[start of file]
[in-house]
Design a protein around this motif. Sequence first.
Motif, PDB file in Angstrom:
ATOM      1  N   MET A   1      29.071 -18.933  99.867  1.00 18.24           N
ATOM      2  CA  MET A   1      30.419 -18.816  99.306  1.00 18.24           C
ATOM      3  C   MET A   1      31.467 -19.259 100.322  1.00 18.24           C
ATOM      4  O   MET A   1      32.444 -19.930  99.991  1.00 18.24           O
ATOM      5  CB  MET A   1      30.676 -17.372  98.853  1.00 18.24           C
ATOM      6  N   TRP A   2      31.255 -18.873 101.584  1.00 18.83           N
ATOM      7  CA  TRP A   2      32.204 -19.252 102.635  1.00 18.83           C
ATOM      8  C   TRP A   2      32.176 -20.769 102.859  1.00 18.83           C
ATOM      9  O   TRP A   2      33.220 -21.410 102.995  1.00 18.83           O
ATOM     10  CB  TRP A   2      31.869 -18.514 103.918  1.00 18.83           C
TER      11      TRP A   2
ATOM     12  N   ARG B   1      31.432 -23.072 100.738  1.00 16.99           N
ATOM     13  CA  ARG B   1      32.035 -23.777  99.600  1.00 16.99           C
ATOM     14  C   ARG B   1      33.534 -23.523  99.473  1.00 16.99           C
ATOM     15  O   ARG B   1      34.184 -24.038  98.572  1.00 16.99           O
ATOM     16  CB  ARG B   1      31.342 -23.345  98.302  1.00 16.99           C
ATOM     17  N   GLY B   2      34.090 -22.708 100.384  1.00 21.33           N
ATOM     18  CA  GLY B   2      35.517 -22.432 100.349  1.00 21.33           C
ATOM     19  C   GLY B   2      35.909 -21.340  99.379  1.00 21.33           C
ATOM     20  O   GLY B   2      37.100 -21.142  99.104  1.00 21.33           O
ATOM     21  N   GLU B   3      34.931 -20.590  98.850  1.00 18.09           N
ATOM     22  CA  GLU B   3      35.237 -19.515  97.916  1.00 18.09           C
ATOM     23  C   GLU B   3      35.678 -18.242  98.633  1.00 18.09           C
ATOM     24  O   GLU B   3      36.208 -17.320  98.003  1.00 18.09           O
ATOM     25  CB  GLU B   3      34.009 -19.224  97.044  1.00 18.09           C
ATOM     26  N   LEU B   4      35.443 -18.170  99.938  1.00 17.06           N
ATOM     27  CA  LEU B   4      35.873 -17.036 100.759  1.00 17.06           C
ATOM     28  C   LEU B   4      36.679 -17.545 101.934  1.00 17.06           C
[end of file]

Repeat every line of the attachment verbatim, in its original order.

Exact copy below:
[in-house]
Design a protein around this motif. Sequence first.
Motif, PDB file in Angstrom:
ATOM      1  N   MET A   1      29.071 -18.933  99.867  1.00 18.24           N
ATOM      2  CA  MET A   1      30.419 -18.816  99.306  1.00 18.24           C
ATOM      3  C   MET A   1      31.467 -19.259 100.322  1.00 18.24           C
ATOM      4  O   MET A   1      32.444 -19.930  99.991  1.00 18.24           O
ATOM      5  CB  MET A   1      30.676 -17.372  98.853  1.00 18.24           C
ATOM      6  N   TRP A   2      31.255 -18.873 101.584  1.00 18.83           N
ATOM      7  CA  TRP A   2      32.204 -19.252 102.635  1.00 18.83           C
ATOM      8  C   TRP A   2      32.176 -20.769 102.859  1.00 18.83           C
ATOM      9  O   TRP A   2      33.220 -21.410 102.995  1.00 18.83           O
ATOM     10  CB  TRP A   2      31.869 -18.514 103.918  1.00 18.83           C
TER      11      TRP A   2
ATOM     12  N   ARG B   1      31.432 -23.072 100.738  1.00 16.99           N
ATOM     13  CA  ARG B   1      32.035 -23.777  99.600  1.00 16.99           C
ATOM     14  C   ARG B   1      33.534 -23.523  99.473  1.00 16.99           C
ATOM     15  O   ARG B   1      34.184 -24.038  98.572  1.00 16.99           O
ATOM     16  CB  ARG B   1      31.342 -23.345  98.302  1.00 16.99           C
ATOM     17  N   GLY B   2      34.090 -22.708 100.384  1.00 21.33           N
ATOM     18  CA  GLY B   2      35.517 -22.432 100.349  1.00 21.33           C
ATOM     19  C   GLY B   2      35.909 -21.340  99.379  1.00 21.33           C
ATOM     20  O   GLY B   2      37.100 -21.142  99.104  1.00 21.33           O
ATOM     21  N   GLU B   3      34.931 -20.590  98.850  1.00 18.09           N
ATOM     22  CA  GLU B   3      35.237 -19.515  97.916  1.00 18.09           C
ATOM     23  C   GLU B   3      35.678 -18.242  98.633  1.00 18.09           C
ATOM     24  O   GLU B   3      36.208 -17.320  98.003  1.00 18.09           O
ATOM     25  CB  GLU B   3      34.009 -19.224  97.044  1.00 18.09           C
ATOM     26  N   LEU B   4      35.443 -18.170  99.938  1.00 17.06           N
ATOM     27  CA  LEU B   4      35.873 -17.036 100.759  1.00 17.06           C
ATOM     28  C   LEU B   4      36.679 -17.545 101.934  1.00 17.06           C